Following the purpose of this thesis, it is worth mentioning that the EU portal site does not provide any information on the exact degree of language skill as discussed from table 1 onwards. Of course the level of communication within the European Union is such that it requires a high level of proficiency from both citizens, EU politicians, officials, translators and interpreters.

In the case of English, a basic learning – which, in many EU countries, is already obtained in secondary school due to compulsory foreign language education - covers a major part of the English idiom and grammar, which entails that, besides the investment in the increase of language proficiency and an elaboration of professional jargon of the European Union, there is relatively less need for investments in the expansion of the language itself or education of the language basics.


However, one of the possible disadvantages of a possible introduction of English as a working language of the European Union is that it could increase the political advantage of native English speakers, which creates inequality among EU Member States on the basis of language. It is understandable that, at least in the first phase of the introduction of English as the official language, native English speakers are able to express themselves more subtly than non-native speakers. Also, the political weight of originally English-speaking countries might be considered as unequal when compared to the influence of the other, non-native, Member States. Many Member State citizens and even authorities are extremely nettled over a possibility of a euro-critical country as Great Britain benefiting from such a dominance.

Another disadvantage that might be incorporated into this action, is the loss of domain of national languages,
causing less emphasis on other foreign languages and cultures. This possibility could even emphasise the increase of political weight of originally English-speaking countries, which might lead to fervent objections against the option that has hereby been put forward.

When European Union officials are made aware of these disadvantages, however, they can surely be avoided by taking active preventive actions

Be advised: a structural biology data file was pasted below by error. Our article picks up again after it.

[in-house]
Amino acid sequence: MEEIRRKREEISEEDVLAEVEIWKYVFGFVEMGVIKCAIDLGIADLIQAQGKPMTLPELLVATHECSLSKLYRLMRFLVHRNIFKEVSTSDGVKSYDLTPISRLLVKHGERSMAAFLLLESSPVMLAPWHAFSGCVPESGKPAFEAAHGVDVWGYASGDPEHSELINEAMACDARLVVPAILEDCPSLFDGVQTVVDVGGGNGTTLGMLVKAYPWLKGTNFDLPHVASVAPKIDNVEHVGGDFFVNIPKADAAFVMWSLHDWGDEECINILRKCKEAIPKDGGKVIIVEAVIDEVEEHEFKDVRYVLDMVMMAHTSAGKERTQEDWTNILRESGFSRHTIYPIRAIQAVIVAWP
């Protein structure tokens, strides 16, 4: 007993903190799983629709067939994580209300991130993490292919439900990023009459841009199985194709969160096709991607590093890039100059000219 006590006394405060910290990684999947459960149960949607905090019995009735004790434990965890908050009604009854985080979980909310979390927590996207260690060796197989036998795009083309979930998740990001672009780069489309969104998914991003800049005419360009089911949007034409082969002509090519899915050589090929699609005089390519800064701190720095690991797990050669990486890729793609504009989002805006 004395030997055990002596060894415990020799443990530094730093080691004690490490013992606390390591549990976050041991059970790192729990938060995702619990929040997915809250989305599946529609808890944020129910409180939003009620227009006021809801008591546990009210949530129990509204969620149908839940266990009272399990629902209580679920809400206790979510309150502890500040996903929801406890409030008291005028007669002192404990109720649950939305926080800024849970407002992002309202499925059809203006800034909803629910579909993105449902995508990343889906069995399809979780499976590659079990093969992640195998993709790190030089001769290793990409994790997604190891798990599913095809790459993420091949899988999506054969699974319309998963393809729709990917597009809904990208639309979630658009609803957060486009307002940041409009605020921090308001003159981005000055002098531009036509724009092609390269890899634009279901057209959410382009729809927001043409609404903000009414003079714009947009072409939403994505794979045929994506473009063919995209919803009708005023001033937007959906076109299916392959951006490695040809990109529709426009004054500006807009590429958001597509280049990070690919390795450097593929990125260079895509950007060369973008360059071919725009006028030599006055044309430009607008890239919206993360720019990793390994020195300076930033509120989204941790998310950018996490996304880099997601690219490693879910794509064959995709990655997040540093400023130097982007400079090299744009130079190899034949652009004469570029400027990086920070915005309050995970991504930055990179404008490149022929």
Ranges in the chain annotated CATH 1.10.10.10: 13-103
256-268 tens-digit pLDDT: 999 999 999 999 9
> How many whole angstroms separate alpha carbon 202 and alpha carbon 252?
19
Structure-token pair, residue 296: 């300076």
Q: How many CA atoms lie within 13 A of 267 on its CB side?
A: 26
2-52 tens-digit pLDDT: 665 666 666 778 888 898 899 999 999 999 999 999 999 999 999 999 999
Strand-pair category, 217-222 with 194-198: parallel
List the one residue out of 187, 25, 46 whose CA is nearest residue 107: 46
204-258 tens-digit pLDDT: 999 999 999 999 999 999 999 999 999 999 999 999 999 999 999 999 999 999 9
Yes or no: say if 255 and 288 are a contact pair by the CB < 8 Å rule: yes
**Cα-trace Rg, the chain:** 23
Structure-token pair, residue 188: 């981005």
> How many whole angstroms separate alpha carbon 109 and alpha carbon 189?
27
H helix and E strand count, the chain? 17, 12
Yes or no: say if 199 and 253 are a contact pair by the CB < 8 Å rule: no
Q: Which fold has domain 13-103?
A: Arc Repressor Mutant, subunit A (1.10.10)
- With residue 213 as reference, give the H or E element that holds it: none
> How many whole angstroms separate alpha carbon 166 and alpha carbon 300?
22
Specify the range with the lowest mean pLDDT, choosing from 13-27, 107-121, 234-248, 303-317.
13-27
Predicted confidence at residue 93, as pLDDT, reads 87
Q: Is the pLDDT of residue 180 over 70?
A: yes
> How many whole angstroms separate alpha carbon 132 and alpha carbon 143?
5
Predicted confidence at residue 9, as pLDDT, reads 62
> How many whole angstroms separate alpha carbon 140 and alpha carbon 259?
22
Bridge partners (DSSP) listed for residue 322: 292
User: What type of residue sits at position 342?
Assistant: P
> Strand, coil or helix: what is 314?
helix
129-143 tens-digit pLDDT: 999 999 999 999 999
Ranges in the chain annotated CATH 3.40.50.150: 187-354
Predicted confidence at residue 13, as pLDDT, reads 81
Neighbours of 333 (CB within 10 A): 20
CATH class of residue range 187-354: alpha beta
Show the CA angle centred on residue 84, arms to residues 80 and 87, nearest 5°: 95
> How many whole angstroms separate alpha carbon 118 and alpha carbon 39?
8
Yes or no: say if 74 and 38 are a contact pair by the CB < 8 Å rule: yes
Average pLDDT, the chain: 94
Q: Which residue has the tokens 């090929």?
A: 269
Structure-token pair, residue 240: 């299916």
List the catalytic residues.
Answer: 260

[24] and by informing both the authorities and the citizens of all EU Member States of these actions and its consequences. As long as there are certain rules in connection to a potential political advantage of native English countries or a latent loss of domain of national languages, the introduction of English as the official language of the European Union is undoubtedly a possibility worth consideration.
3.2 Artificial language: Esperanto

In 1887 the Russian Dr. L.L. Zamenhof (1859-1917) published a so-called Lingvo Internacia (International Language) under the alias “Dr. Esperanto”, meaning ‘one who hopes’. This Lingvo Internacia was later to be called Esperanto.


This language was introduced as a second language that would enable international communication, without the interference of a language of another culture. Needing to converse a language that is not the mother tongue restricts speakers in their language use and causes a situation in which they cannot express themselves as well as native speakers. Esperanto was developed in order to overcome this language predominance. It is claimed to have a very simple and logical grammar and idiom, which enables learners of Esperanto to master the language more quickly than learners of many other languages.


When it comes to actual figures on the number of speakers of Esperanto, it is extremely difficult to come to an exact number. There are several national and international organisations of Esperanto active to promote and invest in the language as a means of international communication. The number of members of these organisations may, however, be only the tip of the iceberg of the total amount of speakers. Apart from these “registered speakers”, many individuals are speaking and learning to speak the language through unofficial meetings and online courses.